Country music critics everywhere are fuming over the current state of our format. The biggest complaint seems to be the overuse of country clichés … trucks, beer, tailgates, etc. You know, all the shit Zac Brown mentioned in his rant that really brought the debate to the masses.
I asked Thomas Rhett (as per Windwmills suggestion) during a recent interview if he is encouraged by his "bosses" to write certain types of songs.
Thomas says that he just stays true to himself when he writes but adds, "You have to maintain your currency. You gotta write things that are definitely current to this time, and whether that's a ballad or whether that's a song about a truck, which I'm sure that's kind of what you're talking about in the cliche kind of world, it's just one of those things, man. When I get into a room I write what makes me feel good and when I cut songs I didn't write, I cut them because I can hear myself singing them and I can hear myself performing them live. That's kind of how my brain works with that whole thing. I'm not really stuck on certain cliches or whatever, I just write whatever makes me feel good."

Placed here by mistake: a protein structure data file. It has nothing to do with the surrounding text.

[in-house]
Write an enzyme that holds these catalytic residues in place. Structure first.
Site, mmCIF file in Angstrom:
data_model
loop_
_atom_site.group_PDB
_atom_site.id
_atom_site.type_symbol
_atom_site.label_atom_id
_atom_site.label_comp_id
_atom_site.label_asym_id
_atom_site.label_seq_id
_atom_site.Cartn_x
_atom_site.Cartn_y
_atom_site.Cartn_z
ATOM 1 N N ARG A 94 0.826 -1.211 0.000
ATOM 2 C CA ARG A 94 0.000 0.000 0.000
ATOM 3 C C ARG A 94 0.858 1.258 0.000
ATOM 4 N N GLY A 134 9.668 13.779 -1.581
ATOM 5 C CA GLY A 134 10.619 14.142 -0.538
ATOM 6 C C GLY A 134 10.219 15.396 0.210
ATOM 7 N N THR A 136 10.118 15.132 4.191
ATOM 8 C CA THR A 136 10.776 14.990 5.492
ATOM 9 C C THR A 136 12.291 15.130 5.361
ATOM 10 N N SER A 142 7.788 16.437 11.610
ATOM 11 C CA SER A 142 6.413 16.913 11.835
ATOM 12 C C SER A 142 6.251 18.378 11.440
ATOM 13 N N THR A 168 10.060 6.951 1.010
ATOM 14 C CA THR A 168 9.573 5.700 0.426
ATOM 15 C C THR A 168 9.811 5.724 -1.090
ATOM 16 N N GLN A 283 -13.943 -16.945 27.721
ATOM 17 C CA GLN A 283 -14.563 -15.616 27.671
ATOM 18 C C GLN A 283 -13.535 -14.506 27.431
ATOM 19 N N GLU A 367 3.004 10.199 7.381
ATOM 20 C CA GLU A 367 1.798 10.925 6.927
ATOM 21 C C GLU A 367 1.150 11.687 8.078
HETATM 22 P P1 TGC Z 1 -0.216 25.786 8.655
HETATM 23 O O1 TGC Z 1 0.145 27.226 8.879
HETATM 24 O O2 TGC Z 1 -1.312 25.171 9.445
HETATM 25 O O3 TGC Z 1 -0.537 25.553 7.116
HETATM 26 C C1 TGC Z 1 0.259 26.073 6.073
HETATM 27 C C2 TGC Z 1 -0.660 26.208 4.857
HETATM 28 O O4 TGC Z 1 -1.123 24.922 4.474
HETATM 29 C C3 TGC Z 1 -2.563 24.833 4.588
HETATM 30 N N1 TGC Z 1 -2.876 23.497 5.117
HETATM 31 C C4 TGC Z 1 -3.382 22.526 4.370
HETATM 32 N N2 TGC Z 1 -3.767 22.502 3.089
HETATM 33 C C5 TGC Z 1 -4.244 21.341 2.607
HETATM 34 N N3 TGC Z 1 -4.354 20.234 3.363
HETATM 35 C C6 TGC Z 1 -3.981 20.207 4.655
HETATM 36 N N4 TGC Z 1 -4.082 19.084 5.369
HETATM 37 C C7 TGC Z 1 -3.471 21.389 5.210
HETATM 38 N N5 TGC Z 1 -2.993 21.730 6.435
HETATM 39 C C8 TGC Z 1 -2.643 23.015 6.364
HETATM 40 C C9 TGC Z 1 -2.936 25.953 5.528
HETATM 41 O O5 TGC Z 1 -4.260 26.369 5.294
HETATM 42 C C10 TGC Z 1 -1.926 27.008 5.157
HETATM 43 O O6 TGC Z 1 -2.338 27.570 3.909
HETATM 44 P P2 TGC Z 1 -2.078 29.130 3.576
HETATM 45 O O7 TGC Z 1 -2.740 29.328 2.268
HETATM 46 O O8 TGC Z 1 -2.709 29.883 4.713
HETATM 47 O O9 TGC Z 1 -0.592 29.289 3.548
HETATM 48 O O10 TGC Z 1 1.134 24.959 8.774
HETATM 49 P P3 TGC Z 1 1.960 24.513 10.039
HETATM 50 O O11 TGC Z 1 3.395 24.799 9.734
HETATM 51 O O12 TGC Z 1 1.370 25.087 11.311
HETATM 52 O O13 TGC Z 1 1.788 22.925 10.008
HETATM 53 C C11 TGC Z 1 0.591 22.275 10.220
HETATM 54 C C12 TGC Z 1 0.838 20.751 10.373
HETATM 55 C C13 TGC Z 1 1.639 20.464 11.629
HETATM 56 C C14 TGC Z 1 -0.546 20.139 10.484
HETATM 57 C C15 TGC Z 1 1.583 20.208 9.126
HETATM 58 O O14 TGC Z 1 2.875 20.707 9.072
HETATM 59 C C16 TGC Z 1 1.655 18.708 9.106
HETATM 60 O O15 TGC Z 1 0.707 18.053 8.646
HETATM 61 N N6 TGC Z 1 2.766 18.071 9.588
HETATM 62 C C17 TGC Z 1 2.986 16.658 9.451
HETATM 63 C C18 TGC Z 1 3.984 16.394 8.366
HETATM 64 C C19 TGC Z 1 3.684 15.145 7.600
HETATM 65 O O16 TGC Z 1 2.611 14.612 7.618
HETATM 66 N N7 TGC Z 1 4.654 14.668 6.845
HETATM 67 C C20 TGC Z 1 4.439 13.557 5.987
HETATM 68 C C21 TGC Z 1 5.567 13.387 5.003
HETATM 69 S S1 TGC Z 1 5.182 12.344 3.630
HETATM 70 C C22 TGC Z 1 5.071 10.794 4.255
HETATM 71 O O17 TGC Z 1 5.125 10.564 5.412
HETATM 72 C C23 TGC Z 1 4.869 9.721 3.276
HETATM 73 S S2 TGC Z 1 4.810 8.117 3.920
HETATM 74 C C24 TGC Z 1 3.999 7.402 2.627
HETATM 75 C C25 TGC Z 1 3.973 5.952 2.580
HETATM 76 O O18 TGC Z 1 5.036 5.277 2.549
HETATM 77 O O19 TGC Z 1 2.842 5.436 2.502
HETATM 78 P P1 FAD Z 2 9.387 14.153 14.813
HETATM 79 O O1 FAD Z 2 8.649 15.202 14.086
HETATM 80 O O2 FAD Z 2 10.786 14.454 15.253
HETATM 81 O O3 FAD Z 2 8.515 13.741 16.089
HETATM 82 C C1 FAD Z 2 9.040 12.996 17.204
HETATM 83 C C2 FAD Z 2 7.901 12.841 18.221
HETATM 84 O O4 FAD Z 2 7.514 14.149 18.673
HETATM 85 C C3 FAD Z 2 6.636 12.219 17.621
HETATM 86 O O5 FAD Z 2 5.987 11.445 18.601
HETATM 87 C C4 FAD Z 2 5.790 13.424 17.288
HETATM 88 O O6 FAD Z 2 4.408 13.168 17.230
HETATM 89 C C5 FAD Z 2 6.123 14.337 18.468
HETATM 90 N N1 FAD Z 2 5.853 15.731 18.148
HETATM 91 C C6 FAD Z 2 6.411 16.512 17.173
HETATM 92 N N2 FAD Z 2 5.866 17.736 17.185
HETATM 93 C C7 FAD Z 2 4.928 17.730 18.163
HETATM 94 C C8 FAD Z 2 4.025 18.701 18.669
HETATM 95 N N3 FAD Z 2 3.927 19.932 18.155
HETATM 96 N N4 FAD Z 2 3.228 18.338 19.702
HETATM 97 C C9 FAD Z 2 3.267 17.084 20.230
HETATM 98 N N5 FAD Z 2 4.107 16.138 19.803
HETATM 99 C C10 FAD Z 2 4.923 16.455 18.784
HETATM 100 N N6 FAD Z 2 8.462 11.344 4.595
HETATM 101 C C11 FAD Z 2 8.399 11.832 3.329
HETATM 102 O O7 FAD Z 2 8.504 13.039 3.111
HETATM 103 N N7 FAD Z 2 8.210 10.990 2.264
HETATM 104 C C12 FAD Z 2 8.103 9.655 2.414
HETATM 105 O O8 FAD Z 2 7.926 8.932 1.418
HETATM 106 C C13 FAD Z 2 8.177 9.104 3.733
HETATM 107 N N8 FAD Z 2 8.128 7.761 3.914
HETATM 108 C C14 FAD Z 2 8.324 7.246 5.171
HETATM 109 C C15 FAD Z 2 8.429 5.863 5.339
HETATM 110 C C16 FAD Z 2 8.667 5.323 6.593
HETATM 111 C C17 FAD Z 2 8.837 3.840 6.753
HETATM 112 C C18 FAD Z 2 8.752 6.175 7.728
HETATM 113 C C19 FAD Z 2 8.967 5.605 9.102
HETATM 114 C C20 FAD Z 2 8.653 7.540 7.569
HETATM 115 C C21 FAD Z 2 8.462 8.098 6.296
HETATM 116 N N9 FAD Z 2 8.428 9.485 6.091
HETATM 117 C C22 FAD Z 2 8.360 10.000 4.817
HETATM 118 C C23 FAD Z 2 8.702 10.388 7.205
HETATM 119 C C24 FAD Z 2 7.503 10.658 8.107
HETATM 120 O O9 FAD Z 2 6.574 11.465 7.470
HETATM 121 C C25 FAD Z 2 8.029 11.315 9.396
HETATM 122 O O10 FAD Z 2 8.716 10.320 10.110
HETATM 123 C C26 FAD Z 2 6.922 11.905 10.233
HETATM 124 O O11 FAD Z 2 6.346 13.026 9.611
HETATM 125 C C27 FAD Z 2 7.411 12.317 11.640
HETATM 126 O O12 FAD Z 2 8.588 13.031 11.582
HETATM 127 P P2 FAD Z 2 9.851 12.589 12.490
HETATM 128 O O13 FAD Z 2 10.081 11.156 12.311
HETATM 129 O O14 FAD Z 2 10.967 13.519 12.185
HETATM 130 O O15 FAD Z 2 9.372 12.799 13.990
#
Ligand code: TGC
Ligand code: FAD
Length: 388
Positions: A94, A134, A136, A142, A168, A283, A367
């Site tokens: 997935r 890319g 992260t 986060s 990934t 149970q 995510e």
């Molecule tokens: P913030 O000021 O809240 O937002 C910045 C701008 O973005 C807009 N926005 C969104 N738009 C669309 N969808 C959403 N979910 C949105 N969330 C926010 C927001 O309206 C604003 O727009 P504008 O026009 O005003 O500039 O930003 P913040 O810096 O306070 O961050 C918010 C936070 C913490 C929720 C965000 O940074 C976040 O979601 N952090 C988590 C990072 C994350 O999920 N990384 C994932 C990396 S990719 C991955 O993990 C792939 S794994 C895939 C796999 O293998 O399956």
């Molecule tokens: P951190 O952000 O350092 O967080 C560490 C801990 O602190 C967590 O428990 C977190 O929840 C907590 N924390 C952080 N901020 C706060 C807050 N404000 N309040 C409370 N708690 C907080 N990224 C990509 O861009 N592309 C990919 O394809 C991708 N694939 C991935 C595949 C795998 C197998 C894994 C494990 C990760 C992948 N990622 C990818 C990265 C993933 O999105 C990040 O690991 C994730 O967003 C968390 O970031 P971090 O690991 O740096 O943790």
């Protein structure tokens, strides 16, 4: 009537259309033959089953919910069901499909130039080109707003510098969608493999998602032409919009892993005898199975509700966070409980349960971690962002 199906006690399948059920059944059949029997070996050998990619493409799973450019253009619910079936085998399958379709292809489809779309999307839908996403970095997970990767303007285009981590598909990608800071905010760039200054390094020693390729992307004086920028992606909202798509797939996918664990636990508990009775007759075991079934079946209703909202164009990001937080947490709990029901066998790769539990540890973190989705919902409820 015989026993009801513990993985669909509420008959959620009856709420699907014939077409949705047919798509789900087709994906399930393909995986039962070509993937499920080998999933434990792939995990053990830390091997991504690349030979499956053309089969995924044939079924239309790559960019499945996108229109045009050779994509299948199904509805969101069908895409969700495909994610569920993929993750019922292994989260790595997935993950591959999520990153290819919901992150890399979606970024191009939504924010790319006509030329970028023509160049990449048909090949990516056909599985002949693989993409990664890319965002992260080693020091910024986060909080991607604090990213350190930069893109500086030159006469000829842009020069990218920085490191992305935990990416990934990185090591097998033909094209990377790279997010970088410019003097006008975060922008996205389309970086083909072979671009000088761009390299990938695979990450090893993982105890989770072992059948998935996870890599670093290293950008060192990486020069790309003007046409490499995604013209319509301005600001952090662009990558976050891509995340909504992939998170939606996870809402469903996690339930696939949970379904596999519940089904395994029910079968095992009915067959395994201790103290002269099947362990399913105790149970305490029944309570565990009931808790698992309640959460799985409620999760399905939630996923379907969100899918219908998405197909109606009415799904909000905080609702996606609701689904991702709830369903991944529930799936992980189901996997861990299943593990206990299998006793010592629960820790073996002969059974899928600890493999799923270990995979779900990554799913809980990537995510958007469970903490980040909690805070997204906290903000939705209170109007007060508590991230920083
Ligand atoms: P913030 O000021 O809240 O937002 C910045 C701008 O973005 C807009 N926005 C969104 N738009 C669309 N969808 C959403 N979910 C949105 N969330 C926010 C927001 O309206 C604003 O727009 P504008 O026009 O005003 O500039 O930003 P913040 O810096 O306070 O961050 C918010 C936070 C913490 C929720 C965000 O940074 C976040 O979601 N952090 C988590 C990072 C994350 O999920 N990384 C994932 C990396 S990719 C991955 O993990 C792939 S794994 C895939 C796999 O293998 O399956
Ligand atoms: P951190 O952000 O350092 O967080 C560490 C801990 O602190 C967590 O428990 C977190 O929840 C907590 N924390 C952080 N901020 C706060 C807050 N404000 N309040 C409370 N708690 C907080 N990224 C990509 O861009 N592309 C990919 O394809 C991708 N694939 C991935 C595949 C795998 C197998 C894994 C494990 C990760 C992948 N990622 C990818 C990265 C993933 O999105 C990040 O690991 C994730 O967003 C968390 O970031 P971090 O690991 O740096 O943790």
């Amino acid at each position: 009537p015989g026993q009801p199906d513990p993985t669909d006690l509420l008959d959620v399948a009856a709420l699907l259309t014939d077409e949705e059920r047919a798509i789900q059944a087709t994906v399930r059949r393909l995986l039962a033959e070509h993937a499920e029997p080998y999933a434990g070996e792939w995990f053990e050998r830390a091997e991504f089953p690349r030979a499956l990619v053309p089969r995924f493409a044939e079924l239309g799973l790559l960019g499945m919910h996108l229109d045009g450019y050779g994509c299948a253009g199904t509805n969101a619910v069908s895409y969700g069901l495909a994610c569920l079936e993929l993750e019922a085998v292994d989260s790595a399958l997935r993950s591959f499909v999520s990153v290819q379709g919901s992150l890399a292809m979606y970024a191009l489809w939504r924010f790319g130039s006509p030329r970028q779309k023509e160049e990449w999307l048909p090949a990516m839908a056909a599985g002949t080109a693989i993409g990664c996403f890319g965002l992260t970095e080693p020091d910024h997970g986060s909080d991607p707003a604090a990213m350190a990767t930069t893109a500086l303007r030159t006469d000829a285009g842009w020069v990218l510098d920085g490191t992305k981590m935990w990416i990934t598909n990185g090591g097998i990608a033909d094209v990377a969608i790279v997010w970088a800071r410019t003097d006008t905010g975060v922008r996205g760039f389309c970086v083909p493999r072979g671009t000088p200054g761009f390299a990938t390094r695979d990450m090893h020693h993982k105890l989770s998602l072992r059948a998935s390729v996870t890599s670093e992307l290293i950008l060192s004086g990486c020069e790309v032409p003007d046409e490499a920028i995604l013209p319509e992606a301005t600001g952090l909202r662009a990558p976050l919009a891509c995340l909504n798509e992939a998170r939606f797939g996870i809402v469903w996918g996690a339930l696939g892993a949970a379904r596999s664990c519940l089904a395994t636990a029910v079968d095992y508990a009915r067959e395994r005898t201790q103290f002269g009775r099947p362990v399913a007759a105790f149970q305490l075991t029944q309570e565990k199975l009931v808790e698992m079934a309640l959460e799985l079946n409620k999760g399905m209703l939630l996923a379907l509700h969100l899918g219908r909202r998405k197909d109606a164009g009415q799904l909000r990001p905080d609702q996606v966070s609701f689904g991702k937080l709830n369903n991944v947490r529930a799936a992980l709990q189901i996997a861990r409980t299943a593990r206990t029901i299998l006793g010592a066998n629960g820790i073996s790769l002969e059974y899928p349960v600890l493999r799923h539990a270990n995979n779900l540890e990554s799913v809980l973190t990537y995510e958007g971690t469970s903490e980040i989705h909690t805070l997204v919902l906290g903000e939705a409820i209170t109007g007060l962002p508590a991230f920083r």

He also dished on the chart disappointment of 'Beer With Jesus,' music video bimbos, and Luke Bryan's apology for putting Thomas' cuts on the deluxe edition of his album.
Check out the full interview below.